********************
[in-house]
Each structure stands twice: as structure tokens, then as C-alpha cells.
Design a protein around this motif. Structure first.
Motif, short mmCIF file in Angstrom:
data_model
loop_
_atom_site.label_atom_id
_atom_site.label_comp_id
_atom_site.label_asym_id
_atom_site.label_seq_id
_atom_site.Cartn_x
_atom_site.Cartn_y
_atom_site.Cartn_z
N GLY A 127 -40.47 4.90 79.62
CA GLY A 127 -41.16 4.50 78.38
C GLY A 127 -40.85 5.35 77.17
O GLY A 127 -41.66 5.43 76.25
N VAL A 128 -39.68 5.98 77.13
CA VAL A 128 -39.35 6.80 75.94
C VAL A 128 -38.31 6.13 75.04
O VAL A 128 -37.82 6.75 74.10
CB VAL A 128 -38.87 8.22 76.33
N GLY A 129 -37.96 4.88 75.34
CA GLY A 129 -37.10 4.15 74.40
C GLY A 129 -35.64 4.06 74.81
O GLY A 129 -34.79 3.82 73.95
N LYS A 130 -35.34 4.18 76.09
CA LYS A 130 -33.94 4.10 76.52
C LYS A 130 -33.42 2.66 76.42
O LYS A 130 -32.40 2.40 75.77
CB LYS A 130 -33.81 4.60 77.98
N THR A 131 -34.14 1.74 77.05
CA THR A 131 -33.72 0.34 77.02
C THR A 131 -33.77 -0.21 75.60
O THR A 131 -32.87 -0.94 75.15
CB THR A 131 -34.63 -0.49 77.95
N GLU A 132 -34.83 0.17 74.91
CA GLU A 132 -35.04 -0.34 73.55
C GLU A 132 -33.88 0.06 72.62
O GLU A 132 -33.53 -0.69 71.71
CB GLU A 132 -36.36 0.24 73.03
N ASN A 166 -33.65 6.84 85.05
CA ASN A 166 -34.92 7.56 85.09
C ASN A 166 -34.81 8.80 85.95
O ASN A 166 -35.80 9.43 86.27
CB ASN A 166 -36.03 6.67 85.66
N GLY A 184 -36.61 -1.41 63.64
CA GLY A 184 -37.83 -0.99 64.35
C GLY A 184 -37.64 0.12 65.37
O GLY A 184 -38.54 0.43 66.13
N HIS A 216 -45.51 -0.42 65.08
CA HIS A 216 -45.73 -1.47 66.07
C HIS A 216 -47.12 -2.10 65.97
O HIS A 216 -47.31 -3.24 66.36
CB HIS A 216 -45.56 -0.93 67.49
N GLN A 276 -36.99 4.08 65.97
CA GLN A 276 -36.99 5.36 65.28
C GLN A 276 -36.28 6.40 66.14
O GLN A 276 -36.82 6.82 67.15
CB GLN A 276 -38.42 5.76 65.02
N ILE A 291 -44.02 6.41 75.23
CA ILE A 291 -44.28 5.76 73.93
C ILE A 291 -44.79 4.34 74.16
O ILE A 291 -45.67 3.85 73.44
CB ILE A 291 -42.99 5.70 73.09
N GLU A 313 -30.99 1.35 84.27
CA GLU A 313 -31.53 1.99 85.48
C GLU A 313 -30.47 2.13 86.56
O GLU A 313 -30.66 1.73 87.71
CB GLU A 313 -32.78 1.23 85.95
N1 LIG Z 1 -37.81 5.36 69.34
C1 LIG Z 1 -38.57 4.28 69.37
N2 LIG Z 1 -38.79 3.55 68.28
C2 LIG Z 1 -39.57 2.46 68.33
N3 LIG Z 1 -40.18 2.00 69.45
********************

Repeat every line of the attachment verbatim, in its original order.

[in-house]
Each structure stands twice: as structure tokens, then as C-alpha cells.
Design a protein around this motif. Structure first.
Motif, short mmCIF file in Angstrom:
data_model
loop_
_atom_site.label_atom_id
_atom_site.label_comp_id
_atom_site.label_asym_id
_atom_site.label_seq_id
_atom_site.Cartn_x
_atom_site.Cartn_y
_atom_site.Cartn_z
N GLY A 127 -40.47 4.90 79.62
CA GLY A 127 -41.16 4.50 78.38
C GLY A 127 -40.85 5.35 77.17
O GLY A 127 -41.66 5.43 76.25
N VAL A 128 -39.68 5.98 77.13
CA VAL A 128 -39.35 6.80 75.94
C VAL A 128 -38.31 6.13 75.04
O VAL A 128 -37.82 6.75 74.10
CB VAL A 128 -38.87 8.22 76.33
N GLY A 129 -37.96 4.88 75.34
CA GLY A 129 -37.10 4.15 74.40
C GLY A 129 -35.64 4.06 74.81
O GLY A 129 -34.79 3.82 73.95
N LYS A 130 -35.34 4.18 76.09
CA LYS A 130 -33.94 4.10 76.52
C LYS A 130 -33.42 2.66 76.42
O LYS A 130 -32.40 2.40 75.77
CB LYS A 130 -33.81 4.60 77.98
N THR A 131 -34.14 1.74 77.05
CA THR A 131 -33.72 0.34 77.02
C THR A 131 -33.77 -0.21 75.60
O THR A 131 -32.87 -0.94 75.15
CB THR A 131 -34.63 -0.49 77.95
N GLU A 132 -34.83 0.17 74.91
CA GLU A 132 -35.04 -0.34 73.55
C GLU A 132 -33.88 0.06 72.62
O GLU A 132 -33.53 -0.69 71.71
CB GLU A 132 -36.36 0.24 73.03
N ASN A 166 -33.65 6.84 85.05
CA ASN A 166 -34.92 7.56 85.09
C ASN A 166 -34.81 8.80 85.95
O ASN A 166 -35.80 9.43 86.27
CB ASN A 166 -36.03 6.67 85.66
N GLY A 184 -36.61 -1.41 63.64
CA GLY A 184 -37.83 -0.99 64.35
C GLY A 184 -37.64 0.12 65.37
O GLY A 184 -38.54 0.43 66.13
N HIS A 216 -45.51 -0.42 65.08
CA HIS A 216 -45.73 -1.47 66.07
C HIS A 216 -47.12 -2.10 65.97
O HIS A 216 -47.31 -3.24 66.36
CB HIS A 216 -45.56 -0.93 67.49
N GLN A 276 -36.99 4.08 65.97
CA GLN A 276 -36.99 5.36 65.28
C GLN A 276 -36.28 6.40 66.14
O GLN A 276 -36.82 6.82 67.15
CB GLN A 276 -38.42 5.76 65.02
N ILE A 291 -44.02 6.41 75.23
CA ILE A 291 -44.28 5.76 73.93
C ILE A 291 -44.79 4.34 74.16
O ILE A 291 -45.67 3.85 73.44
CB ILE A 291 -42.99 5.70 73.09
N GLU A 313 -30.99 1.35 84.27
CA GLU A 313 -31.53 1.99 85.48
C GLU A 313 -30.47 2.13 86.56
O GLU A 313 -30.66 1.73 87.71
CB GLU A 313 -32.78 1.23 85.95
N1 LIG Z 1 -37.81 5.36 69.34
C1 LIG Z 1 -38.57 4.28 69.37
N2 LIG Z 1 -38.79 3.55 68.28
C2 LIG Z 1 -39.57 2.46 68.33
N3 LIG Z 1 -40.18 2.00 69.45